Exchange Rate Risk

Although the Company has a U.S. dollar functional currency for reporting purposes, it has manufacturing sites throughout the world and a substantial portion of its sales are generated in foreign currencies. Sales by subsidiaries operating outside of the United States are translated into U.S. dollars using exchange rates effective during the respective period. As a result, the Company is exposed to movements in the exchange rates of various currencies against the United States dollar. In particular, the Company has more sales in European currencies than it has expenses in those currencies. Therefore, when European currencies strengthen or weaken against the U.S. dollar, operating profits are increased or decreased, respectively.

The Company has generally accepted the exposure to exchange rate movements without using derivative financial instruments to manage this risk. Therefore, both positive and negative movements in currency exchange rates against the U.S. dollar will continue to affect the reported amount of sales, profit, and assets and liabilities in the Company’s consolidated financial statements. The Eurobond Notes described below, as well as the European component of the

 

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commercial paper program, which as of December 31, 2007 had aggregate outstanding borrowings in an amount equivalent to $969 million, provide a natural hedge to a portion of the Company’s European net asset position.

Credit Risk

Financial instruments that potentially subject the Company to significant concentrations of credit risk consist of cash and temporary investments, interest rate swap agreements and trade accounts receivable. The Company is exposed to credit losses in the event of nonperformance by counter parties to its financial instruments. The Company anticipates, however, that counter parties will be able to fully satisfy their obligations under these instruments. The Company places cash and temporary investments and its interest rate swap agreements with various high-quality financial institutions throughout the world, and exposure is limited at any one institution. Although the Company does not obtain collateral or other security to support these financial instruments, it does periodically evaluate the credit standing of the counter party financial institutions. In addition, concentrations of credit risk arising from trade accounts receivable are limited due to the diversity of the Company’s customers. The Company performs ongoing credit evaluations of its customers’ financial conditions and obtains collateral or other security when appropriate.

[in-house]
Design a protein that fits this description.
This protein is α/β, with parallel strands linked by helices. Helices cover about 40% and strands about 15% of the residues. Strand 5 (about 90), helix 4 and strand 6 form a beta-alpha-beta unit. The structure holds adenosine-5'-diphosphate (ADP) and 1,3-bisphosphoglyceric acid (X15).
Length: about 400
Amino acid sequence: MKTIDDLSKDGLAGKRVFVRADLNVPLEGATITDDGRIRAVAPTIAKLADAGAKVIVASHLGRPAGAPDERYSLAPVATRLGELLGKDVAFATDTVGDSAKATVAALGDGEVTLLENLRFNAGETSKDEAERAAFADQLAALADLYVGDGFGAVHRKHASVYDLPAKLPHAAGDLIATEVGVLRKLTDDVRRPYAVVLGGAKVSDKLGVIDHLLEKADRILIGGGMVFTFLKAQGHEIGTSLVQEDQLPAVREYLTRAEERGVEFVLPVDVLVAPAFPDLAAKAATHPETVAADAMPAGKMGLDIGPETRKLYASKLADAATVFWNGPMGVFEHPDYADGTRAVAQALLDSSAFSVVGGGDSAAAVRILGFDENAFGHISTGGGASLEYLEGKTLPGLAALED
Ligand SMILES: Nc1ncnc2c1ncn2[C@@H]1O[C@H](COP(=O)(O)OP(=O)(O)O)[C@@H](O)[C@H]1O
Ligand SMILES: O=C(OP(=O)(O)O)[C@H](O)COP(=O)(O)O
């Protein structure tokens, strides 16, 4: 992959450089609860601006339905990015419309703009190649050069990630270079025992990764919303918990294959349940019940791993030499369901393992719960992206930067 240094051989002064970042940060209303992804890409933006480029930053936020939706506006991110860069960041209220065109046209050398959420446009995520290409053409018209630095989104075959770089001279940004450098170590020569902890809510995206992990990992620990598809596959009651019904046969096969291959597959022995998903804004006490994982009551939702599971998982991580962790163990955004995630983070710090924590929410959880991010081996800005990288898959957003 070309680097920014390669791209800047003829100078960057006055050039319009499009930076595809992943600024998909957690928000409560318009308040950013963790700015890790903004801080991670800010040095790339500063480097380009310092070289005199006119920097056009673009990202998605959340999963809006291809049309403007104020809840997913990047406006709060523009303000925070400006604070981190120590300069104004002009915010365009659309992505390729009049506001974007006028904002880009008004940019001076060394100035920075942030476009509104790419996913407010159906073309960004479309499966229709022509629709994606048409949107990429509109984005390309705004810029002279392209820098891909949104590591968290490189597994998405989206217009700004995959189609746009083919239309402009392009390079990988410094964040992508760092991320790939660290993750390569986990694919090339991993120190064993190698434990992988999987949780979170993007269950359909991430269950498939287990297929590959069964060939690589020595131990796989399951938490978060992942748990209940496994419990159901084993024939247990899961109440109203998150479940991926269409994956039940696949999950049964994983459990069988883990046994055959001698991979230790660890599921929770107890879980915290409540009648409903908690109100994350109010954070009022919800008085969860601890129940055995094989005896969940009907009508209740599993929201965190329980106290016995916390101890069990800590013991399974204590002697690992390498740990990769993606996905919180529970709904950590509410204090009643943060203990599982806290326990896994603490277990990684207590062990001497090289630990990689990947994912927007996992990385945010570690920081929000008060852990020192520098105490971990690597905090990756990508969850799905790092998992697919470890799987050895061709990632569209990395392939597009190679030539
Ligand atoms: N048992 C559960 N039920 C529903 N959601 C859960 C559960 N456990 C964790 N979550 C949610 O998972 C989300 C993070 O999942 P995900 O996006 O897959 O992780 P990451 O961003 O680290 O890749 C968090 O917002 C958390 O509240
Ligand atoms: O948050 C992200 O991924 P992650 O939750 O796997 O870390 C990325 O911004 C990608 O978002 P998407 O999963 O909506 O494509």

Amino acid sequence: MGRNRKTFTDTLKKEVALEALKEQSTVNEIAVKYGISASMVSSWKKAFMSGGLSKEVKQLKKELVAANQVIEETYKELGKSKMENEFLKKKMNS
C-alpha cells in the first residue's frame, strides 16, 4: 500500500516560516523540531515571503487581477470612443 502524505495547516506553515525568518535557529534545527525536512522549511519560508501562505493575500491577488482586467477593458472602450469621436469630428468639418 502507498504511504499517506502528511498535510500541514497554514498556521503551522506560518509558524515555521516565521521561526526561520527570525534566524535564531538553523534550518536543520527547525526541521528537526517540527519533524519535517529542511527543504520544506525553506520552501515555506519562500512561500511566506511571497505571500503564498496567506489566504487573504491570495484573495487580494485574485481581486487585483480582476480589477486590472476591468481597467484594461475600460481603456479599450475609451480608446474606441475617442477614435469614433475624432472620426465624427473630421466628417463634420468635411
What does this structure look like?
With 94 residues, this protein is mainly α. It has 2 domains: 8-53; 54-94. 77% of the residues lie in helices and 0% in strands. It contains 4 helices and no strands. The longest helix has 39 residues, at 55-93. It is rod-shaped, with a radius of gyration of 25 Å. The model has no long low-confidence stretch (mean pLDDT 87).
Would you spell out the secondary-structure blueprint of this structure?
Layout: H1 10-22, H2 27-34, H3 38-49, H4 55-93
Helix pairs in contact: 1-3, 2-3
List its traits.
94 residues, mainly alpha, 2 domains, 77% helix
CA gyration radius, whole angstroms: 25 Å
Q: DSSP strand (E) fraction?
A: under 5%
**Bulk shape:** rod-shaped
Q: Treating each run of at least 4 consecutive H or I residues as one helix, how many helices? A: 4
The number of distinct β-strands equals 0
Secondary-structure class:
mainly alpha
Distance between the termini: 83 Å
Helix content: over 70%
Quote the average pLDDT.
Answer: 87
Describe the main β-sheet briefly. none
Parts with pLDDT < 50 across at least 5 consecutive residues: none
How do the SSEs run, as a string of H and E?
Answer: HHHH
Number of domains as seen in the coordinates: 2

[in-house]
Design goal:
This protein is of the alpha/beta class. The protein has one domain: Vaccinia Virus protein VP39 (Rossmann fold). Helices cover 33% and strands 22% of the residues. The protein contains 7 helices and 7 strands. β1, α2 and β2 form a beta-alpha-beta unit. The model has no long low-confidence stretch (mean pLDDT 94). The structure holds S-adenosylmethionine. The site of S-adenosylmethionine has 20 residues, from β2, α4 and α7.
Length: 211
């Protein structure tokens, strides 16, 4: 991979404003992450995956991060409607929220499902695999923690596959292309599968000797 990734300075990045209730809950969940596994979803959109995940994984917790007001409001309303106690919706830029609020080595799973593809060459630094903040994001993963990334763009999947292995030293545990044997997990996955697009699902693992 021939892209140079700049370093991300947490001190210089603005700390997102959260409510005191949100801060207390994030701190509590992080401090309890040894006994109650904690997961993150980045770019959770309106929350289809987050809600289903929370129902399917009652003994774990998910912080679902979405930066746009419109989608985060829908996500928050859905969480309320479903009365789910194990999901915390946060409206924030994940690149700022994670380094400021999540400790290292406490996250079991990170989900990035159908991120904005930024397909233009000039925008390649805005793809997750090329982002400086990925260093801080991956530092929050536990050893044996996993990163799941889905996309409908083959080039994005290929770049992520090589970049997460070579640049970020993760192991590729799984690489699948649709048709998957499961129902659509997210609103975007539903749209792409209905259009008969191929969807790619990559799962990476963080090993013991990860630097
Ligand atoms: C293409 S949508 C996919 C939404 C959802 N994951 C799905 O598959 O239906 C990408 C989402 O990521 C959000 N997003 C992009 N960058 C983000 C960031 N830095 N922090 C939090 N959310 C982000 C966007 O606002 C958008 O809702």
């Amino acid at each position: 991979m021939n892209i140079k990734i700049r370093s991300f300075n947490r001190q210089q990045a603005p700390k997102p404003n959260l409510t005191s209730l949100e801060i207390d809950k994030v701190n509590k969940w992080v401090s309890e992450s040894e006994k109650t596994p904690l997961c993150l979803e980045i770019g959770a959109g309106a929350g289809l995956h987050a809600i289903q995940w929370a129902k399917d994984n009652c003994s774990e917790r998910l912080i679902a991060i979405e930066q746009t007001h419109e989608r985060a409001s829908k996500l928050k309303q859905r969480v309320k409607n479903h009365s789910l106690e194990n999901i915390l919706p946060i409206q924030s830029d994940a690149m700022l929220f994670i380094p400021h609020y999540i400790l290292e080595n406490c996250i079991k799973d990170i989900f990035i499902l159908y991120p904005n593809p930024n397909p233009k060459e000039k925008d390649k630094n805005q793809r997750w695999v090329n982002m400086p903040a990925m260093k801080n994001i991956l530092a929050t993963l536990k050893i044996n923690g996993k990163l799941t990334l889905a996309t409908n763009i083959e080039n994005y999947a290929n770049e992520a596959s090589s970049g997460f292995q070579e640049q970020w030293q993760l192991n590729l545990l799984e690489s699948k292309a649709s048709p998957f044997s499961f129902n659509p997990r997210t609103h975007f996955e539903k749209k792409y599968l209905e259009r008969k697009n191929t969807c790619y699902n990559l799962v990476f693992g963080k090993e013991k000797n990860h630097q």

LIQUIDITY AND CAPITAL RESOURCES

Overview of Cash Flows and Liquidity

 

($ in millions)    For the Years Ended December 31  
   2007     2006     2005  

Operating cash flows from continuing operations

   $ 1,699.3     $ 1,530.8     $ 1,189.3  

Operating cash flows from discontinued operations

     (53.5 )     16.5       14.5  
                        

Net cash flows from operating activities

     1,645.8       1,547.3       1,203.8  
                        

Purchases of property, plant and equipment

     (162.1 )     (136.4 )     (119.7 )

Cash paid for acquisitions

     (3,576.6 )     (2,656.1 )     (885.1 )

Cash paid for investment in acquisition target and other marketable securities

     (23.2 )     (84.1 )     —    

Proceeds from sale of investment and divestitures

     301.3       98.5       22.1  

Other sources

     15.5       10.0       18.8  
                        

Investing cash flows from continued operations

     (3,445.1 )     (2,768.1 )     (963.9 )

Investing cash flows from discontinued operations

     (0.7 )     (1.3 )     (1.5 )
                        

Net cash used in investing activities

     (3,445.8 )     (2,769.4 )     (965.4 )
                        

Proceeds from the issuance of common stock

     733.0       98.4       59.9  

Borrowings, net of repayments

     1,131.0       1,145.0       (292.2 )

Purchase of treasury stock

     (117.5 )     —         (257.7 )

Payment of dividends

     (34.3 )     (24.6 )     (21.6 )
                        

Net cash provided by (used in) financing activities

     1,712.2       1,218.8       (511.6 )